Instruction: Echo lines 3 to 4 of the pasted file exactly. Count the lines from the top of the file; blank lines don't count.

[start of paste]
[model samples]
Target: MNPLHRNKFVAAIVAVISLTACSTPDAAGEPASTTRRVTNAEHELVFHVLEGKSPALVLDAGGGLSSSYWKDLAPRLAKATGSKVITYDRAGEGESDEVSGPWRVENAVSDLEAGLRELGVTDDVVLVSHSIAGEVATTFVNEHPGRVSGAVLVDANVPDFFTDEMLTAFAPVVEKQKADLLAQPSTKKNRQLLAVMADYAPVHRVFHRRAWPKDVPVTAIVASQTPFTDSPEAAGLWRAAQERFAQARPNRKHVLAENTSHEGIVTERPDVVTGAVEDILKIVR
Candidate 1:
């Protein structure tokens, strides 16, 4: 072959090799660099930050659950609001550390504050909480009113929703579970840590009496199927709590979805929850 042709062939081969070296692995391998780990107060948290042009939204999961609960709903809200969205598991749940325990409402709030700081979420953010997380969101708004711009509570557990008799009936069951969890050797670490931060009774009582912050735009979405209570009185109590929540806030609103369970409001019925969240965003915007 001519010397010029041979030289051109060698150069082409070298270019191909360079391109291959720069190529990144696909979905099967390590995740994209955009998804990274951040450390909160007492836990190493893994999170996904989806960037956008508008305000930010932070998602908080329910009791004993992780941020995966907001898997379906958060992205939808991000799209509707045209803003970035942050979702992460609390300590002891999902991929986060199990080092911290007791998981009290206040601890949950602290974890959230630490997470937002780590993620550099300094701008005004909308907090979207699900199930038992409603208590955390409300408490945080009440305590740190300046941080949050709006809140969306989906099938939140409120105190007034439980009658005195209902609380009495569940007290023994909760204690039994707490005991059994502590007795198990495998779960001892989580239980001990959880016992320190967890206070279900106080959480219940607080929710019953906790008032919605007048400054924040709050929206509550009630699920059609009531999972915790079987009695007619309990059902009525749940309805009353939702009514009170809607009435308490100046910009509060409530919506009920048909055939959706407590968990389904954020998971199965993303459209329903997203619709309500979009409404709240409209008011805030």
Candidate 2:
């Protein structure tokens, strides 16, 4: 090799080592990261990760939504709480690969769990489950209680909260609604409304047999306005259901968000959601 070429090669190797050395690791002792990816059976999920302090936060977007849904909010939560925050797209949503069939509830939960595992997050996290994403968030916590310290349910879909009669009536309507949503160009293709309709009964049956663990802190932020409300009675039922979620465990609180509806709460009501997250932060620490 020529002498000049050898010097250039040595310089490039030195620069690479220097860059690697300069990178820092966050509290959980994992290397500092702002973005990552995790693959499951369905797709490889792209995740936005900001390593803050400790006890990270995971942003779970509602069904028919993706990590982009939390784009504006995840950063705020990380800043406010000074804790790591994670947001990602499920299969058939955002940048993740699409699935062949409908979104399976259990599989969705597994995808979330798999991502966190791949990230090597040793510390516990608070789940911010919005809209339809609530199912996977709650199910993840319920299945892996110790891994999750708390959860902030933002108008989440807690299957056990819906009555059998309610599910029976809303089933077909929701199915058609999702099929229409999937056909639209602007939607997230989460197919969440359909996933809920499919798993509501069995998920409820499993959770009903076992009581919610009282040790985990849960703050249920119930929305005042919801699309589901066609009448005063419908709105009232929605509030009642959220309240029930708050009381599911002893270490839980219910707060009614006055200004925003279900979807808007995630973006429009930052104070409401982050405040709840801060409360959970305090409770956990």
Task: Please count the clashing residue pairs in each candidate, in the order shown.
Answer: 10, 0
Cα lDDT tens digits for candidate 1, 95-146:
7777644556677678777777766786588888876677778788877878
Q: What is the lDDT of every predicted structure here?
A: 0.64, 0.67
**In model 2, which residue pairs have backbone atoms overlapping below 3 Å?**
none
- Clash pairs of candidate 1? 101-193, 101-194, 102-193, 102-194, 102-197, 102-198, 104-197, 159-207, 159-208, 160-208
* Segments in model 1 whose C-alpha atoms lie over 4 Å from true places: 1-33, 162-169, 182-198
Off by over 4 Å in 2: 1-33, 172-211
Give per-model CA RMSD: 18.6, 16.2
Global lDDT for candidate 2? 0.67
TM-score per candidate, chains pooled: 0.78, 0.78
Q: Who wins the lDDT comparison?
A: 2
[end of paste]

Candidate 1:
């Protein structure tokens, strides 16, 4: 072959090799660099930050659950609001550390504050909480009113929703579970840590009496199927709590979805929850 042709062939081969070296692995391998780990107060948290042009939204999961609960709903809200969205598991749940325990409402709030700081979420953010997380969101708004711009509570557990008799009936069951969890050797670490931060009774009582912050735009979405209570009185109590929540806030609103369970409001019925969240965003915007 001519010397010029041979030289051109060698150069082409070298270019191909360079391109291959720069190529990144696909979905099967390590995740994209955009998804990274951040450390909160007492836990190493893994999170996904989806960037956008508008305000930010932070998602908080329910009791004993992780941020995966907001898997379906958060992205939808991000799209509707045209803003970035942050979702992460609390300590002891999902991929986060199990080092911290007791998981009290206040601890949950602290974890959230630490997470937002780590993620550099300094701008005004909308907090979207699900199930038992409603208590955390409300408490945080009440305590740190300046941080949050709006809140969306989906099938939140409120105190007034439980009658005195209902609380009495569940007290023994909760204690039994707490005991059994502590007795198990495998779960001892989580239980001990959880016992320190967890206070279900106080959480219940607080929710019953906790008032919605007048400054924040709050929206509550009630699920059609009531999972915790079987009695007619309990059902009525749940309805009353939702009514009170809607009435308490100046910009509060409530919506009920048909055939959706407590968990389904954020998971199965993303459209329903997203619709309500979009409404709240409209008011805030």